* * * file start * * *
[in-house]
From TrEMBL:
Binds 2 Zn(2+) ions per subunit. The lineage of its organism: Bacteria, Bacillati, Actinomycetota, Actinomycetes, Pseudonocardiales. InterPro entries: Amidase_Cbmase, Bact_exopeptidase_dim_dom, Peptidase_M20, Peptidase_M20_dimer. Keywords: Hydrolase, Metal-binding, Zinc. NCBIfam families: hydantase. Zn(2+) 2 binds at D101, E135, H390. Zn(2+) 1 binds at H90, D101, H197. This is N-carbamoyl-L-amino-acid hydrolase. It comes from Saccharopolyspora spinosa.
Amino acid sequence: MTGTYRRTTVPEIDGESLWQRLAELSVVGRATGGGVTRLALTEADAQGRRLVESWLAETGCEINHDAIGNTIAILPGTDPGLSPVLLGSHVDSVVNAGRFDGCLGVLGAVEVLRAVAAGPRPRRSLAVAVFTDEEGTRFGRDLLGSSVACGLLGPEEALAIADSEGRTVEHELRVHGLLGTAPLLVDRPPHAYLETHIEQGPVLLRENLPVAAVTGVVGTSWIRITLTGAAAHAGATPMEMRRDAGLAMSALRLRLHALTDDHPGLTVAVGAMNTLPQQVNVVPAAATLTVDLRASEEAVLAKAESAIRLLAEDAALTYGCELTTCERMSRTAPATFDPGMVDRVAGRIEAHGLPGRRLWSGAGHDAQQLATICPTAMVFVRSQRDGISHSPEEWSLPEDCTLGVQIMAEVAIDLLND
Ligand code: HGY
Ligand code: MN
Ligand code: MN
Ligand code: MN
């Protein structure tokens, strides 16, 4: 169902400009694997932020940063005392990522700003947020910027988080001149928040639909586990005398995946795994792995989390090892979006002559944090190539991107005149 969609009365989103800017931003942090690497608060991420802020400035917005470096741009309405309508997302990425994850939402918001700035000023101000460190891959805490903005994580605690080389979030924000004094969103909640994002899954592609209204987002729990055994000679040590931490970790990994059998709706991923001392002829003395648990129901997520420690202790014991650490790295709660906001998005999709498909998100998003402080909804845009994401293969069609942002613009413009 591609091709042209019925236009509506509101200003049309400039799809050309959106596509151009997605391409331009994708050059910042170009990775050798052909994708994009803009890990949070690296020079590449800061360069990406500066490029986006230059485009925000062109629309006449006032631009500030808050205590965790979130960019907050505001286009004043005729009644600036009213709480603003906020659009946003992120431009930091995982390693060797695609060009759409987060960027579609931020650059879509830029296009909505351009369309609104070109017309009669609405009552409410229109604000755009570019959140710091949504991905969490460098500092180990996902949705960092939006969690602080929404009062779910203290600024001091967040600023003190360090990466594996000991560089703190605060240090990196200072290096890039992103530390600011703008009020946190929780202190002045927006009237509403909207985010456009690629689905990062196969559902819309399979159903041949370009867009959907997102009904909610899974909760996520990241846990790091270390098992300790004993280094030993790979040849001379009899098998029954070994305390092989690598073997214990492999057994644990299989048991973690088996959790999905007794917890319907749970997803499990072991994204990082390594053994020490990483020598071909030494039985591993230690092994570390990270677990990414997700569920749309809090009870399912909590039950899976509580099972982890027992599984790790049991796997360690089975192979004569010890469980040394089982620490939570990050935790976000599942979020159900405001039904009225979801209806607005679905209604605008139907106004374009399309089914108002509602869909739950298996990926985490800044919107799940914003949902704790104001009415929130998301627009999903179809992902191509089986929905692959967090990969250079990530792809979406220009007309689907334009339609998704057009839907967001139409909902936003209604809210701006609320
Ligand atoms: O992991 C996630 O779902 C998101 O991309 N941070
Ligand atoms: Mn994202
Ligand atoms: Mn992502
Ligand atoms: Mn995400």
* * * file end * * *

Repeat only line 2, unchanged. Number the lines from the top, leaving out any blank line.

From TrEMBL: